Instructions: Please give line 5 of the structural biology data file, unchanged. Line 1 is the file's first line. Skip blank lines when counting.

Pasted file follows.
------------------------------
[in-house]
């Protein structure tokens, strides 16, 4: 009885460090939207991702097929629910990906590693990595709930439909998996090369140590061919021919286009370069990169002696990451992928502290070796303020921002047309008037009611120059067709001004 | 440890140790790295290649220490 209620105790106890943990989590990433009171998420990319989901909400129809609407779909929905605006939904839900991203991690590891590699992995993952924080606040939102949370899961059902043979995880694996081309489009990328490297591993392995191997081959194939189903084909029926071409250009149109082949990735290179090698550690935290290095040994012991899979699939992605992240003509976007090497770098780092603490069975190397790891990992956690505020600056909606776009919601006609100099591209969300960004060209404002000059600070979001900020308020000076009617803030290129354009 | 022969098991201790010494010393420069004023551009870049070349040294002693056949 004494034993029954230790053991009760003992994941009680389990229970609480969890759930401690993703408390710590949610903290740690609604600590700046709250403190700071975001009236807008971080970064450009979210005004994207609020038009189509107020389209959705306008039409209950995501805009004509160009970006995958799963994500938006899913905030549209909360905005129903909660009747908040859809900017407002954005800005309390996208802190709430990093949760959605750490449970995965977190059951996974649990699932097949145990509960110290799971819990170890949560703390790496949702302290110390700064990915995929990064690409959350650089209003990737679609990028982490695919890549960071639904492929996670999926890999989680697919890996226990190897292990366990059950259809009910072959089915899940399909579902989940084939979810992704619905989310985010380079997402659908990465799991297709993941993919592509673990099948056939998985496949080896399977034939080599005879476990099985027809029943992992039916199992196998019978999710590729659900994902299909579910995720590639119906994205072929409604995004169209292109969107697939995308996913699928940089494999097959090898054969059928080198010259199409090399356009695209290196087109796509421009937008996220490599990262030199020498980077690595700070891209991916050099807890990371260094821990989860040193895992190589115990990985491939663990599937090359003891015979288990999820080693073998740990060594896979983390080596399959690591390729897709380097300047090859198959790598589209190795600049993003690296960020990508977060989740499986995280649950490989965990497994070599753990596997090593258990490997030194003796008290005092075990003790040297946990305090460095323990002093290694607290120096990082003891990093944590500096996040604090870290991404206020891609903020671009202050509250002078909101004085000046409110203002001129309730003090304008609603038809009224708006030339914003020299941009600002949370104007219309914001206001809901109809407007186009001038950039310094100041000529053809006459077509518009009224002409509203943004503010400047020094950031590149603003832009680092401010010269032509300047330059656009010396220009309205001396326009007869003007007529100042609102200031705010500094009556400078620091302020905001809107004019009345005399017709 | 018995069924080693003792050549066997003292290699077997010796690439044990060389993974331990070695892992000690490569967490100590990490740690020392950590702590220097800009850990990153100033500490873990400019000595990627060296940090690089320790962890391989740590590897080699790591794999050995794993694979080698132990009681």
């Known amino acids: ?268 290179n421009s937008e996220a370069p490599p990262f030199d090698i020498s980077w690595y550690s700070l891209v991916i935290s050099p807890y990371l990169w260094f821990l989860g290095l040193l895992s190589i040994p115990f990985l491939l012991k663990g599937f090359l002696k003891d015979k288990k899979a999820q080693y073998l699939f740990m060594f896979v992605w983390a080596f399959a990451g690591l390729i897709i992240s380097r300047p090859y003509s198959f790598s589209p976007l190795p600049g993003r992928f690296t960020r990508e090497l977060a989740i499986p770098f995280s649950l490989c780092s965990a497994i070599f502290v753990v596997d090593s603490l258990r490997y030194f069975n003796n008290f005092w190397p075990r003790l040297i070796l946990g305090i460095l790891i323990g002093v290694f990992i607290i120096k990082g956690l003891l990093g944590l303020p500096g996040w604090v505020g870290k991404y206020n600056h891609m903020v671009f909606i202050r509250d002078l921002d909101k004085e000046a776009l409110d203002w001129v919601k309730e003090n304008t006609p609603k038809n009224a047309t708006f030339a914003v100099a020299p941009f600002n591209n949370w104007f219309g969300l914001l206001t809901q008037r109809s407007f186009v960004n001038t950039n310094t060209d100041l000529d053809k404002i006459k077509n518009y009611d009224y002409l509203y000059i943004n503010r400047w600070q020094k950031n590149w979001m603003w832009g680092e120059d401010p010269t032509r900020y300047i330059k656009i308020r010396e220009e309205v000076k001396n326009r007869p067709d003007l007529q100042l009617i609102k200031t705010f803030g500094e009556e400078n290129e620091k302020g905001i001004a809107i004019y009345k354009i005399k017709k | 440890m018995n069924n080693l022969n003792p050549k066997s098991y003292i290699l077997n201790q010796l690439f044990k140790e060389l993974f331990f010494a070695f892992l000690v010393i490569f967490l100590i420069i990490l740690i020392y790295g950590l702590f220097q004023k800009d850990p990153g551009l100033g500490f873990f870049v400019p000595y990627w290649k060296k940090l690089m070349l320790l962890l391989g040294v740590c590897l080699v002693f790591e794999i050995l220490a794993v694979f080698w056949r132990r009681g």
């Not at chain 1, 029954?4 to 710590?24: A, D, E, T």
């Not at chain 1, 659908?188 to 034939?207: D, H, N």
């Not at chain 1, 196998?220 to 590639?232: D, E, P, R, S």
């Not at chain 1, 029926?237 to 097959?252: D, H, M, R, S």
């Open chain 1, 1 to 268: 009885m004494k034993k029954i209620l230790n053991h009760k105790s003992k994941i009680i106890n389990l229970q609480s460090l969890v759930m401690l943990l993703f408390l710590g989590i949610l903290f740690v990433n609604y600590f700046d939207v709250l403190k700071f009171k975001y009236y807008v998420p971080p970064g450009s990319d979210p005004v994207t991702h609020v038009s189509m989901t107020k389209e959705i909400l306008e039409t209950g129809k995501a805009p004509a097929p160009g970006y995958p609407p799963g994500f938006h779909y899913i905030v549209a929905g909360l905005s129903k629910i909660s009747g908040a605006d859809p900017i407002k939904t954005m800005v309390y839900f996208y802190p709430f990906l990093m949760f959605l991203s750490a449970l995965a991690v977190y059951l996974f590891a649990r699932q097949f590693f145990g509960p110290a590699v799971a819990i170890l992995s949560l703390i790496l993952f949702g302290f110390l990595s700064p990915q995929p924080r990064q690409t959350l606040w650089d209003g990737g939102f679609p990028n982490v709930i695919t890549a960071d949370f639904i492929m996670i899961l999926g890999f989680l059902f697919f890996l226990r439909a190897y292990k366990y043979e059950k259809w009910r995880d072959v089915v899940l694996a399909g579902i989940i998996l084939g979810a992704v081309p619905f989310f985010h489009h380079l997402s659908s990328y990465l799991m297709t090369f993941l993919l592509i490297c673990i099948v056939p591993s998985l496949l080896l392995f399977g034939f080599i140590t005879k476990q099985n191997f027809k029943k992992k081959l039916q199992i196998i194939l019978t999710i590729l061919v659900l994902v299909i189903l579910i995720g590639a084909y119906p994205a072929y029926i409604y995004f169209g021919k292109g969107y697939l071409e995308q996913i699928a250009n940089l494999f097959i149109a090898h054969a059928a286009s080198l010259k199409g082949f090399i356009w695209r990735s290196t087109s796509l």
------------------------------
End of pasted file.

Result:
């Not at chain 1, 659908?188 to 034939?207: D, H, N």